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VG Tuesday Tips: Distance and Disasters: How Far Away Do Your Backups Need to Be?

  Virtual Graffiti

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The recent hurricanes that hit the Gulf Coast are our worst nightmares come to life. And we’re on track for a record hurricane season. For most businesses, any kind of disaster can spell trouble. In the case of hurricanes, even if a business doesn’t take a direct hit, it may face costly downtime and recovery. Earthquakes can do the same. Either may take down regional communications completely for some period of time. Either can destroy a business’s own infrastructure, or damage its facilities to the point where it can be difficult to impossible to get onsite, assess damage, and bring systems back online.

Connected Offsite Backups Equals Fast Recovery

If you’re properly protecting your business data, you likely already back up your data to an offsite location. That backup may be in separate room in your building, another building, or another campus. The main reason you want these backups to be relatively close to your primary data is for fast recovery. With a fast wide area network (WAN) connection, bandwidth bottlenecks are a non-issue. So you can get your data back online without waiting for it to download. That isn’t always the case with cloud solutions, where slow data transfers can lengthen downtime beyond what’s acceptable.

That begs the question, just how far apart should backups be kept from your primary storage? And that brings us back to hurricanes, earthquakes, and other large-scale disasters. In any of these cases widespread destruction could mean your offsite data backup isn’t safe if it’s too close. If your company’s entire infrastructure—or worse, the entire regional infrastructure in which you operate—goes down, that offsite backup won’t do you much good.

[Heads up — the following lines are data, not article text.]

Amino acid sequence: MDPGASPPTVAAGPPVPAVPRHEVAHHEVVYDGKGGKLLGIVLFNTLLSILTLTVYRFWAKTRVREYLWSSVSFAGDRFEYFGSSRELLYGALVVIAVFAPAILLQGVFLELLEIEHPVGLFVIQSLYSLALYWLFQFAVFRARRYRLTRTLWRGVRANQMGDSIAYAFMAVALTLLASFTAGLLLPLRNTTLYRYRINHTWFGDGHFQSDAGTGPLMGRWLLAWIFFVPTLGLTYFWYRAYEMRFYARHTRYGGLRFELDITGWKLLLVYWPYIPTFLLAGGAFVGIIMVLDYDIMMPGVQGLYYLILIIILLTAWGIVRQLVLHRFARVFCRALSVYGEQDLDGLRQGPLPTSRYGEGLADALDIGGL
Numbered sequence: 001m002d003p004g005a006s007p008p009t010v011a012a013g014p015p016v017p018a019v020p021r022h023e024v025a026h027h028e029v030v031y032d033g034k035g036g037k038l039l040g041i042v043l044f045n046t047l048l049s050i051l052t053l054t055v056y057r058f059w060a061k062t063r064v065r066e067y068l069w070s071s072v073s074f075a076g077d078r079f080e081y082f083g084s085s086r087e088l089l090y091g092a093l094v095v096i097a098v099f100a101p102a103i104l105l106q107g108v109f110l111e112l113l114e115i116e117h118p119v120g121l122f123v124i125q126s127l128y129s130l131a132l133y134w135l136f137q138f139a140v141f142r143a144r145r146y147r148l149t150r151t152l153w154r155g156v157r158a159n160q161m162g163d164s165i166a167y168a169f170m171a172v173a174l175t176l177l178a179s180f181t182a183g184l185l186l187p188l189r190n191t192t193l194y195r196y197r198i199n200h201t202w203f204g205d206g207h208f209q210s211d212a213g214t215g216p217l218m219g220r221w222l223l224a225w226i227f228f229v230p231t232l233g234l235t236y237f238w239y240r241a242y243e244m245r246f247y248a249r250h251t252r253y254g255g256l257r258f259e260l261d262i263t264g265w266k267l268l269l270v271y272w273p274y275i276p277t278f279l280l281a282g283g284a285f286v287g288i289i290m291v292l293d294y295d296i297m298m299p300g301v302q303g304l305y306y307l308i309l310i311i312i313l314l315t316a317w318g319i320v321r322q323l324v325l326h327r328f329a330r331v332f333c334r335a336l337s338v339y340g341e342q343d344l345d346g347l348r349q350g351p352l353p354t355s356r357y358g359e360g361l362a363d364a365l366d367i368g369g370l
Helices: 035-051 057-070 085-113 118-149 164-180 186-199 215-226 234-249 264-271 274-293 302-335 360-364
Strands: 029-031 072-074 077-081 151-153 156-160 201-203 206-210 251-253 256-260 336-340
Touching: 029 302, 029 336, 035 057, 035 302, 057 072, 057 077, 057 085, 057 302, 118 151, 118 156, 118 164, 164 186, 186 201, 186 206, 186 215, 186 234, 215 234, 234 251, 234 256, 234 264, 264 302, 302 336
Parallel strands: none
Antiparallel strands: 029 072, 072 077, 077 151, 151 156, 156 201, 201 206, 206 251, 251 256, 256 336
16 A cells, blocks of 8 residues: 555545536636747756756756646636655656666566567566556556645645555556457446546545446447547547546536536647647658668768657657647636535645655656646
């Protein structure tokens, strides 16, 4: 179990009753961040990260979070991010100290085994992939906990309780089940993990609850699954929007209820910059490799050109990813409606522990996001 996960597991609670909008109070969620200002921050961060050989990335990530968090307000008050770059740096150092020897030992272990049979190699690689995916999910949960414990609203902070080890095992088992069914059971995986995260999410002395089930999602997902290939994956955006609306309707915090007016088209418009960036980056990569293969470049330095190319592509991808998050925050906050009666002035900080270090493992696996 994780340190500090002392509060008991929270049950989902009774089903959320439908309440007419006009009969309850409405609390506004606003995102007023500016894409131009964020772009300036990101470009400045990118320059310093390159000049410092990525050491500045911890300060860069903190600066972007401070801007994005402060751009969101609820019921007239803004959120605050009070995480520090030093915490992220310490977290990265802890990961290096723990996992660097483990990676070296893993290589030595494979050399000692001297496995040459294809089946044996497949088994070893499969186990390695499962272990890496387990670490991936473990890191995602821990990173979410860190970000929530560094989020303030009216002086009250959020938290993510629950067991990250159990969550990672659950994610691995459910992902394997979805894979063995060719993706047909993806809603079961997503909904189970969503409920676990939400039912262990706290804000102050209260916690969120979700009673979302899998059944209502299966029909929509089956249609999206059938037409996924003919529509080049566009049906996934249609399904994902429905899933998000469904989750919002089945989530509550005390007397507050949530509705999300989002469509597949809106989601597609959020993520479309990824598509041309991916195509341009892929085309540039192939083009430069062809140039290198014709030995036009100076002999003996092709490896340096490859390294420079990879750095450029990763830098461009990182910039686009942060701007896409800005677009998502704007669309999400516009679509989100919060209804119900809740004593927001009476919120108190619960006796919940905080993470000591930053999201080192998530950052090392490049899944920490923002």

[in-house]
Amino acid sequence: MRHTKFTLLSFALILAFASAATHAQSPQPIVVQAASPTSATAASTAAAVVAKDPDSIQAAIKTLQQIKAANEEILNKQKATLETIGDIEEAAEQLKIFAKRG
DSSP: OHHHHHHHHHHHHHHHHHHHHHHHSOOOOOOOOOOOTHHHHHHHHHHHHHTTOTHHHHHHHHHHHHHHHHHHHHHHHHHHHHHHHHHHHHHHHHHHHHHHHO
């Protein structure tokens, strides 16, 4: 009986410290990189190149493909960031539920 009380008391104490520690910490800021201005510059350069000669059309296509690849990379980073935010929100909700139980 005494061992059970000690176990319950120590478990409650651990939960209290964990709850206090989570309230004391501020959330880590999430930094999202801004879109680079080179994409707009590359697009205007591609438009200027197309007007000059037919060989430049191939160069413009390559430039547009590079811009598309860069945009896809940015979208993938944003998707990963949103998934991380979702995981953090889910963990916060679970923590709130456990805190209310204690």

Large Scale Disasters Demand Distance

Best practices, like the Storage Craft take on the 3-2-1 rule, dictate that you keep a second, offsite backup for fastest recovery. But how far away is far enough? That’s a question only you can answer, and it should be included in your backup and disaster recovery plan. Consider your infrastructure and requirements. If you’re in a hurricane zone, the right distance could be hundreds of miles or more away. What matters in any case is that you have a fast WAN connection.

Use The Cloud To Rise Above Disasters

The cloud is theoretically as far away from your primary data storage as it gets. That’s why it’s your best and last line of defense. And it doesn’t matter where your infrastructure is located if your data is backed up to the cloud. With StorageCraft Cloud Services your data is always safe, encrypted and secure, and 99.99% available with one-click failover from anywhere. So you can always quickly recover—no matter how widespread the destruction may be.

Every business is different, and economics often dictate data protection and backup and disaster recovery strategies. Whether your business is small, growing, or already mature, StorageCraft offers cost-effective solutions that can protect your business no matter what Mother Nature throws your way.